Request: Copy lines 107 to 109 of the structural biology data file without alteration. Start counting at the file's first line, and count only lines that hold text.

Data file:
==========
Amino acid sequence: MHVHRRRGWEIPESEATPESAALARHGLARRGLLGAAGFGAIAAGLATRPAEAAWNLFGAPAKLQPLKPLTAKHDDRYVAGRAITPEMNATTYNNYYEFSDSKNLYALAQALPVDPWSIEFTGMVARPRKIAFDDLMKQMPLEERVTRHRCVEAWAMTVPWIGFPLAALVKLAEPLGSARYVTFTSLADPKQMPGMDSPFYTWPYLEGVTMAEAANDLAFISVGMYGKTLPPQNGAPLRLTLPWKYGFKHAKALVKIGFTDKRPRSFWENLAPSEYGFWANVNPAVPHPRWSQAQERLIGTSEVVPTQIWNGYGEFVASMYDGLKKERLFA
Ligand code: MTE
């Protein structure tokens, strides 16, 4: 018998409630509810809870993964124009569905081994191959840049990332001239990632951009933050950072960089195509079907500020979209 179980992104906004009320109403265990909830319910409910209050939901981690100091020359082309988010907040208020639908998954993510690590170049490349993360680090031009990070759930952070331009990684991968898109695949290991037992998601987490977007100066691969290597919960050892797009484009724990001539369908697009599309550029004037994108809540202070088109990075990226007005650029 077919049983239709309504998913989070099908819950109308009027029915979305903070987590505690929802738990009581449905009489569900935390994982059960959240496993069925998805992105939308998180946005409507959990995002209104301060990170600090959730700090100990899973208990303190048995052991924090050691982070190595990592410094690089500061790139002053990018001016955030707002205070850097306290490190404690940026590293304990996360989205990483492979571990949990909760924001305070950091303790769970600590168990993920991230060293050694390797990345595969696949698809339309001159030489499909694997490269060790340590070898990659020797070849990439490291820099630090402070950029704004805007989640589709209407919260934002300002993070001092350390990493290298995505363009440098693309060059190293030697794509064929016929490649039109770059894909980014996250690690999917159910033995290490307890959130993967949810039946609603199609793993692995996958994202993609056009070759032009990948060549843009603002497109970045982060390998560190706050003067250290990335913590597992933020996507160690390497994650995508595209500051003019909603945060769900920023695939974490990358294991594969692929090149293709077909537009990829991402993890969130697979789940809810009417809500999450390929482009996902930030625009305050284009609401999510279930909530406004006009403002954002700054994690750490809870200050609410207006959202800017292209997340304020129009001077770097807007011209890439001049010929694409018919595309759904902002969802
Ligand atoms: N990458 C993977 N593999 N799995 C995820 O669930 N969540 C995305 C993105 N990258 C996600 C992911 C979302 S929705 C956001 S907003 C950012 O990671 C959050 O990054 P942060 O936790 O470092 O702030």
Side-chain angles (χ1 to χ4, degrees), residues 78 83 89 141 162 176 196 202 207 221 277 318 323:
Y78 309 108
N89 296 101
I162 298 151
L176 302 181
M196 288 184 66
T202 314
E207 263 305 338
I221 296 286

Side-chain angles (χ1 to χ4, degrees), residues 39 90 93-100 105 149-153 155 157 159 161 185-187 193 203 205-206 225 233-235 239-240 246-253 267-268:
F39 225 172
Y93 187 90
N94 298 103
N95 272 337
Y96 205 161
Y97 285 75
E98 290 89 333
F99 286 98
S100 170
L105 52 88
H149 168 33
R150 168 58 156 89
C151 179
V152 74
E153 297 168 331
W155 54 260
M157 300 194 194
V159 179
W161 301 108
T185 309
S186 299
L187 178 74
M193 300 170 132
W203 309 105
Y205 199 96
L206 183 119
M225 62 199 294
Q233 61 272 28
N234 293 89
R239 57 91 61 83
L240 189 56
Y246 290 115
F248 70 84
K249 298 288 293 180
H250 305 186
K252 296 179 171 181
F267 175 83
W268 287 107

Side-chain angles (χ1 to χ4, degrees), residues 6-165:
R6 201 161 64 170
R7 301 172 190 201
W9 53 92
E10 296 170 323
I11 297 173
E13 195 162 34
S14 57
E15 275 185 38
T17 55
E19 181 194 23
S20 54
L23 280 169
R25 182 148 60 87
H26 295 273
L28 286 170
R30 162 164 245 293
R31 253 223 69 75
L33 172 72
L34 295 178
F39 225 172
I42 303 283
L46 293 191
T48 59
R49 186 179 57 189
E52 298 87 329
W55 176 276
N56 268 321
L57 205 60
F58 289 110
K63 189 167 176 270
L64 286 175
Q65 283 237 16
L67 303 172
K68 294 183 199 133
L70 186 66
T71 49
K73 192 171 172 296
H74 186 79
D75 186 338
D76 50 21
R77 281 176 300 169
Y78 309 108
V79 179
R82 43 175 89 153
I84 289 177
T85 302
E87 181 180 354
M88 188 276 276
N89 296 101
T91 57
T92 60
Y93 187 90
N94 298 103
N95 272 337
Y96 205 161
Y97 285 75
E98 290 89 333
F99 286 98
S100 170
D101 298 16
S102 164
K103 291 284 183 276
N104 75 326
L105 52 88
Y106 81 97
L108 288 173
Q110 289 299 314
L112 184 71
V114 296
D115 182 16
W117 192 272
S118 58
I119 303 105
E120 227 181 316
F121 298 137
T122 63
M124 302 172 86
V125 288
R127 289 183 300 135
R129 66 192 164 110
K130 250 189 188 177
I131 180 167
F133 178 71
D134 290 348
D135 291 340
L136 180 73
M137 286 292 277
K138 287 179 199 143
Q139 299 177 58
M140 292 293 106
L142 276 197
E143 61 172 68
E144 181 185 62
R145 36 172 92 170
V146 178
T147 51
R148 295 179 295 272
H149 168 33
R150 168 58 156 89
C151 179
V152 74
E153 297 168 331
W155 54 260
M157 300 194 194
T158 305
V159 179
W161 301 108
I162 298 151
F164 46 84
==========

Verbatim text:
N95 272 337
Y96 205 161
Y97 285 75